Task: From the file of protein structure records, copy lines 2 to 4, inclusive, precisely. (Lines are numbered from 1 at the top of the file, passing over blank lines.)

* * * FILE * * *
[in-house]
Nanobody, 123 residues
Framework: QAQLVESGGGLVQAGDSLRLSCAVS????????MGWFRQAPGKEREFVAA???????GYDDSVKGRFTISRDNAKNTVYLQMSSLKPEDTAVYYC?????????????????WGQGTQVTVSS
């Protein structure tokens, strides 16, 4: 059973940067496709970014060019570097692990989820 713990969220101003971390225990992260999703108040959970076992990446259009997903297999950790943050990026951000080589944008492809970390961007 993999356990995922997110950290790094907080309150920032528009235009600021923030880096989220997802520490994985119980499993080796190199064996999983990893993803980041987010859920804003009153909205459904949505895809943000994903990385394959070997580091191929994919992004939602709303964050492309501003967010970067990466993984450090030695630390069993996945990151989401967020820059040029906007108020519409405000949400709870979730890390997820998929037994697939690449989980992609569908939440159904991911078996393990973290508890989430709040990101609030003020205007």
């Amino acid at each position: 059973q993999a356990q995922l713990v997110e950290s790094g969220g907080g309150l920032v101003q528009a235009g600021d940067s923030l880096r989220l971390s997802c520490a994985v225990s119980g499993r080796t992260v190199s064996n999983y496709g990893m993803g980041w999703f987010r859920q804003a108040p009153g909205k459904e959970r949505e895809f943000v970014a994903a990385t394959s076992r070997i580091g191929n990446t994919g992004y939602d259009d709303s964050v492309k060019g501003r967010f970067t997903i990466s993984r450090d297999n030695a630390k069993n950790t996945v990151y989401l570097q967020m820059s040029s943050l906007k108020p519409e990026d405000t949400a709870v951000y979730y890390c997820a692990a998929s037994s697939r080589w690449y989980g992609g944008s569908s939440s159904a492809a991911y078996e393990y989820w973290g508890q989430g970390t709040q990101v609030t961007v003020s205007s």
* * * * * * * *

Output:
Nanobody, 123 residues
Framework: QAQLVESGGGLVQAGDSLRLSCAVS????????MGWFRQAPGKEREFVAA???????GYDDSVKGRFTISRDNAKNTVYLQMSSLKPEDTAVYYC?????????????????WGQGTQVTVSS
């Protein structure tokens, strides 16, 4: 059973940067496709970014060019570097692990989820 713990969220101003971390225990992260999703108040959970076992990446259009997903297999950790943050990026951000080589944008492809970390961007 993999356990995922997110950290790094907080309150920032528009235009600021923030880096989220997802520490994985119980499993080796190199064996999983990893993803980041987010859920804003009153909205459904949505895809943000994903990385394959070997580091191929994919992004939602709303964050492309501003967010970067990466993984450090030695630390069993996945990151989401967020820059040029906007108020519409405000949400709870979730890390997820998929037994697939690449989980992609569908939440159904991911078996393990973290508890989430709040990101609030003020205007």